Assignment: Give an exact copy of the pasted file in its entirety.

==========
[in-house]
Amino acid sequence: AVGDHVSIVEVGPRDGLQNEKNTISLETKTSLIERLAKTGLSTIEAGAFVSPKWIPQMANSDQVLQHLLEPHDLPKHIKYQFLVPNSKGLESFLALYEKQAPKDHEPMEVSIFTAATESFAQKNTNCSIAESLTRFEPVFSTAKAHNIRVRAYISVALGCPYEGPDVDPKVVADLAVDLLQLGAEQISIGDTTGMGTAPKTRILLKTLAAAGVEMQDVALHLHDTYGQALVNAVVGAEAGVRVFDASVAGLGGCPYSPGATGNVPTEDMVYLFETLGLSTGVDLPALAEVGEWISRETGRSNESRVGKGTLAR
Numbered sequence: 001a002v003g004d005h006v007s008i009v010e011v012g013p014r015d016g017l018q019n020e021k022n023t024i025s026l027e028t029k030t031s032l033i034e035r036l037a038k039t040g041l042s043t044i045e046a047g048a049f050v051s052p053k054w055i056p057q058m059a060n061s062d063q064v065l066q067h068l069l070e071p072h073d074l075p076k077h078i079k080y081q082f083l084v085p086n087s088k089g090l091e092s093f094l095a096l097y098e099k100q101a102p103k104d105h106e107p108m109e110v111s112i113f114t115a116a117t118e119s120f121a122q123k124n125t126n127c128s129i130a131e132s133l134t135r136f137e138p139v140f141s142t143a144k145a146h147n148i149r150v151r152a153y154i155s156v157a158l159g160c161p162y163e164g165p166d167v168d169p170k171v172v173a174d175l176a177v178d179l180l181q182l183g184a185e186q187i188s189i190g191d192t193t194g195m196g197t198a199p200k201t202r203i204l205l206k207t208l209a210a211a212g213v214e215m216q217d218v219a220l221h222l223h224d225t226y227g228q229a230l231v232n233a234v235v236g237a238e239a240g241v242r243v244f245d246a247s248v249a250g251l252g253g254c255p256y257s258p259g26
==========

[in-house]
Amino acid sequence: AVGDHVSIVEVGPRDGLQNEKNTISLETKTSLIERLAKTGLSTIEAGAFVSPKWIPQMANSDQVLQHLLEPHDLPKHIKYQFLVPNSKGLESFLALYEKQAPKDHEPMEVSIFTAATESFAQKNTNCSIAESLTRFEPVFSTAKAHNIRVRAYISVALGCPYEGPDVDPKVVADLAVDLLQLGAEQISIGDTTGMGTAPKTRILLKTLAAAGVEMQDVALHLHDTYGQALVNAVVGAEAGVRVFDASVAGLGGCPYSPGATGNVPTEDMVYLFETLGLSTGVDLPALAEVGEWISRETGRSNESRVGKGTLAR
Numbered sequence: 001a002v003g004d005h006v007s008i009v010e011v012g013p014r015d016g017l018q019n020e021k022n023t024i025s026l027e028t029k030t031s032l033i034e035r036l037a038k039t040g041l042s043t044i045e046a047g048a049f050v051s052p053k054w055i056p057q058m059a060n061s062d063q064v065l066q067h068l069l070e071p072h073d074l075p076k077h078i079k080y081q082f083l084v085p086n087s088k089g090l091e092s093f094l095a096l097y098e099k100q101a102p103k104d105h106e107p108m109e110v111s112i113f114t115a116a117t118e119s120f121a122q123k124n125t126n127c128s129i130a131e132s133l134t135r136f137e138p139v140f141s142t143a144k145a146h147n148i149r150v151r152a153y154i155s156v157a158l159g160c161p162y163e164g165p166d167v168d169p170k171v172v173a174d175l176a177v178d179l180l181q182l183g184a185e186q187i188s189i190g191d192t193t194g195m196g197t198a199p200k201t202r203i204l205l206k207t208l209a210a211a212g213v214e215m216q217d218v219a220l221h222l223h224d225t226y227g228q229a230l231v232n233a234v235v236g237a238e239a240g241v242r243v244f245d246a247s248v249a250g251l252g253g254c255p256y257s258p259g26